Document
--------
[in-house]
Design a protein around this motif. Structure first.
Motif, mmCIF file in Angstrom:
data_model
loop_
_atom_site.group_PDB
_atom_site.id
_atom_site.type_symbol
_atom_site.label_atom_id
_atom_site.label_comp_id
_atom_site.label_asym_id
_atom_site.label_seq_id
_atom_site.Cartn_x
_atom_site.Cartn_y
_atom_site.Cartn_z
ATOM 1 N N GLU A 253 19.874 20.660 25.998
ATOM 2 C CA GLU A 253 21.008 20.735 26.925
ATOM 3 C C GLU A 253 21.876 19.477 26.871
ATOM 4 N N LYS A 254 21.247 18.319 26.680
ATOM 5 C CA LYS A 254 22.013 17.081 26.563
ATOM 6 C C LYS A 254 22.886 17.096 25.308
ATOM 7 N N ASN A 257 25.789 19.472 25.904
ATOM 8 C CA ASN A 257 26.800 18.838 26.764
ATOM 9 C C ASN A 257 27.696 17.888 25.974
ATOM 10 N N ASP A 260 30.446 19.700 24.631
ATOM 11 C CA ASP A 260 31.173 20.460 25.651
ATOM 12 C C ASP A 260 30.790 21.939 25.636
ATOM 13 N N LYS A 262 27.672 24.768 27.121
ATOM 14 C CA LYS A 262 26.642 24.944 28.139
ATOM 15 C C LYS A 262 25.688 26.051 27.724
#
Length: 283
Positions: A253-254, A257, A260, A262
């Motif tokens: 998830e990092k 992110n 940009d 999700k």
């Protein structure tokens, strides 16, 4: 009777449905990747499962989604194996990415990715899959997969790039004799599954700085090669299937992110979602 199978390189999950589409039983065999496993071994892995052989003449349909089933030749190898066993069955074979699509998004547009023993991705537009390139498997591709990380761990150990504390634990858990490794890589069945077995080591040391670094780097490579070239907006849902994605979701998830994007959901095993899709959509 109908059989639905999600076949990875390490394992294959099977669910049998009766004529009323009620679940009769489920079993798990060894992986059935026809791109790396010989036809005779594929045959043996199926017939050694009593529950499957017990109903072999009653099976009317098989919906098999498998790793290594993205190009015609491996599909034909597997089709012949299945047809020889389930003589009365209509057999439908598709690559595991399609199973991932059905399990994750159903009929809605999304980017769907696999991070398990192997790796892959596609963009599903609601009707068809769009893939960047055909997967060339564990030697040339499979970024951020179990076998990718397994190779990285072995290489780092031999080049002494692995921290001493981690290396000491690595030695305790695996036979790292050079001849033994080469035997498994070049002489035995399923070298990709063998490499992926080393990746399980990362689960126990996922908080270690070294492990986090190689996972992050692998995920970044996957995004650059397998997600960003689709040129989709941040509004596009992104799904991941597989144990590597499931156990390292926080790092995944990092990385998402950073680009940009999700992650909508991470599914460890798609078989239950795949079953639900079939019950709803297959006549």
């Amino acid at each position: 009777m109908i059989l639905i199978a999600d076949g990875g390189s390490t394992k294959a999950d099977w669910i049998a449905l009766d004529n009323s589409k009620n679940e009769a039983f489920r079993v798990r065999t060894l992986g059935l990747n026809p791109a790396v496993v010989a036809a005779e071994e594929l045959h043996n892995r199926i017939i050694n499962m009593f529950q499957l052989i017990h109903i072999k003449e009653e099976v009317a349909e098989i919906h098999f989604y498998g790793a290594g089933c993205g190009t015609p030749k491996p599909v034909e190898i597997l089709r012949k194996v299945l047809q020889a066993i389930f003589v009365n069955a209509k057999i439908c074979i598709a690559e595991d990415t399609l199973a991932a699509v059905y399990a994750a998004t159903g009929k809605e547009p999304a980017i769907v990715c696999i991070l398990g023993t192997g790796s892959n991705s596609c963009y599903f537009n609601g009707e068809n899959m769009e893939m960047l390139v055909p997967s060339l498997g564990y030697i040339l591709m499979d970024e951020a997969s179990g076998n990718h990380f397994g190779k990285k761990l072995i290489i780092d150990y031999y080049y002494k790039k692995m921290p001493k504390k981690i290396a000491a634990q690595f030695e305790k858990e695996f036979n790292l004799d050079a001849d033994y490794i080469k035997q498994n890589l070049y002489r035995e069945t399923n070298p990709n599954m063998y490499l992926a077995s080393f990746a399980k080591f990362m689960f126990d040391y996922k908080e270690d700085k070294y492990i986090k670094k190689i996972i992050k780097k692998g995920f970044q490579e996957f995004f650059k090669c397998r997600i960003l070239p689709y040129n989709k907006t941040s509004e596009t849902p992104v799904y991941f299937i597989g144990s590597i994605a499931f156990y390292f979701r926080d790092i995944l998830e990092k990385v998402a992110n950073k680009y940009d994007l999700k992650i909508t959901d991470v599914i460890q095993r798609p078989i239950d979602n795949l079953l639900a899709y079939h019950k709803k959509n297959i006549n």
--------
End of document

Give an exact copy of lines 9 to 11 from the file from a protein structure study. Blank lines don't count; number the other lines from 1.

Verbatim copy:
_atom_site.label_atom_id
_atom_site.label_comp_id
_atom_site.label_asym_id